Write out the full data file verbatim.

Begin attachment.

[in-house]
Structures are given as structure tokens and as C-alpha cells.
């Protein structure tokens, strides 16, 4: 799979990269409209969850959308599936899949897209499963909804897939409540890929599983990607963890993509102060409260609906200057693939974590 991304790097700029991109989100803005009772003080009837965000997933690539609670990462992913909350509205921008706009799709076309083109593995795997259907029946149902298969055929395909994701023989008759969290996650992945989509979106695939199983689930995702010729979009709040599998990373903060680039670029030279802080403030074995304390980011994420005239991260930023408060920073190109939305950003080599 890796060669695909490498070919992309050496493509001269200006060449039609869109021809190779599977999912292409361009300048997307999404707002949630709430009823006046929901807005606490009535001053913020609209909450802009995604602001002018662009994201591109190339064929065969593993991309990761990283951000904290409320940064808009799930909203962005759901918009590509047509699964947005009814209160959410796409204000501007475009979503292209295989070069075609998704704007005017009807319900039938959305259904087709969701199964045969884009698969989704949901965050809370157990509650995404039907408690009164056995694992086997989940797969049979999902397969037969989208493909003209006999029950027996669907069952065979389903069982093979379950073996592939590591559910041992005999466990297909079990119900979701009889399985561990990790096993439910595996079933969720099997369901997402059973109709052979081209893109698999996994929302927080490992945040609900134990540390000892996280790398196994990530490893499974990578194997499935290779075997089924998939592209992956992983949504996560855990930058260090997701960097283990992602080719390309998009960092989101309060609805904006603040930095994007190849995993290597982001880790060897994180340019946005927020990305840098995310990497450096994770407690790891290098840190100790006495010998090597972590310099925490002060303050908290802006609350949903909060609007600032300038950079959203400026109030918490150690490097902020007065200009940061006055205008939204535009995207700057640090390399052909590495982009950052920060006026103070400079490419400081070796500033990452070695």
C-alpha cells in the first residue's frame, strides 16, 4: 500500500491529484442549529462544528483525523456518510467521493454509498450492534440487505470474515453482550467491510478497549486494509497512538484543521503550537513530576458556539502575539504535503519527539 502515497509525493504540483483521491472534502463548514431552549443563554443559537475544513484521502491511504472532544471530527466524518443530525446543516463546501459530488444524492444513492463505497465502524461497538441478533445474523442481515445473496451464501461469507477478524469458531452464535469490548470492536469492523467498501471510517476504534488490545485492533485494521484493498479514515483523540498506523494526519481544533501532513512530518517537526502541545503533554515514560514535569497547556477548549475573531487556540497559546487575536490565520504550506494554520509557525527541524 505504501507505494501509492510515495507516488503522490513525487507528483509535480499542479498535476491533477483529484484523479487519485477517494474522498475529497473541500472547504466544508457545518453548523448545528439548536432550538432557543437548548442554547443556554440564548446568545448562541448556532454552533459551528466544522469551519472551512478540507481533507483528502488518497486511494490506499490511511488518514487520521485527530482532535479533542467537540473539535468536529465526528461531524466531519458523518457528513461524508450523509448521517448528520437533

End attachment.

[in-house]
Structures are given as structure tokens and as C-alpha cells.
């Protein structure tokens, strides 16, 4: 799979990269409209969850959308599936899949897209499963909804897939409540890929599983990607963890993509102060409260609906200057693939974590 991304790097700029991109989100803005009772003080009837965000997933690539609670990462992913909350509205921008706009799709076309083109593995795997259907029946149902298969055929395909994701023989008759969290996650992945989509979106695939199983689930995702010729979009709040599998990373903060680039670029030279802080403030074995304390980011994420005239991260930023408060920073190109939305950003080599 890796060669695909490498070919992309050496493509001269200006060449039609869109021809190779599977999912292409361009300048997307999404707002949630709430009823006046929901807005606490009535001053913020609209909450802009995604602001002018662009994201591109190339064929065969593993991309990761990283951000904290409320940064808009799930909203962005759901918009590509047509699964947005009814209160959410796409204000501007475009979503292209295989070069075609998704704007005017009807319900039938959305259904087709969701199964045969884009698969989704949901965050809370157990509650995404039907408690009164056995694992086997989940797969049979999902397969037969989208493909003209006999029950027996669907069952065979389903069982093979379950073996592939590591559910041992005999466990297909079990119900979701009889399985561990990790096993439910595996079933969720099997369901997402059973109709052979081209893109698999996994929302927080490992945040609900134990540390000892996280790398196994990530490893499974990578194997499935290779075997089924998939592209992956992983949504996560855990930058260090997701960097283990992602080719390309998009960092989101309060609805904006603040930095994007190849995993290597982001880790060897994180340019946005927020990305840098995310990497450096994770407690790891290098840190100790006495010998090597972590310099925490002060303050908290802006609350949903909060609007600032300038950079959203400026109030918490150690490097902020007065200009940061006055205008939204535009995207700057640090390399052909590495982009950052920060006026103070400079490419400081070796500033990452070695």
C-alpha cells in the first residue's frame, strides 16, 4: 500500500491529484442549529462544528483525523456518510467521493454509498450492534440487505470474515453482550467491510478497549486494509497512538484543521503550537513530576458556539502575539504535503519527539 502515497509525493504540483483521491472534502463548514431552549443563554443559537475544513484521502491511504472532544471530527466524518443530525446543516463546501459530488444524492444513492463505497465502524461497538441478533445474523442481515445473496451464501461469507477478524469458531452464535469490548470492536469492523467498501471510517476504534488490545485492533485494521484493498479514515483523540498506523494526519481544533501532513512530518517537526502541545503533554515514560514535569497547556477548549475573531487556540497559546487575536490565520504550506494554520509557525527541524 505504501507505494501509492510515495507516488503522490513525487507528483509535480499542479498535476491533477483529484484523479487519485477517494474522498475529497473541500472547504466544508457545518453548523448545528439548536432550538432557543437548548442554547443556554440564548446568545448562541448556532454552533459551528466544522469551519472551512478540507481533507483528502488518497486511494490506499490511511488518514487520521485527530482532535479533542467537540473539535468536529465526528461531524466531519458523518457528513461524508450523509448521517448528520437533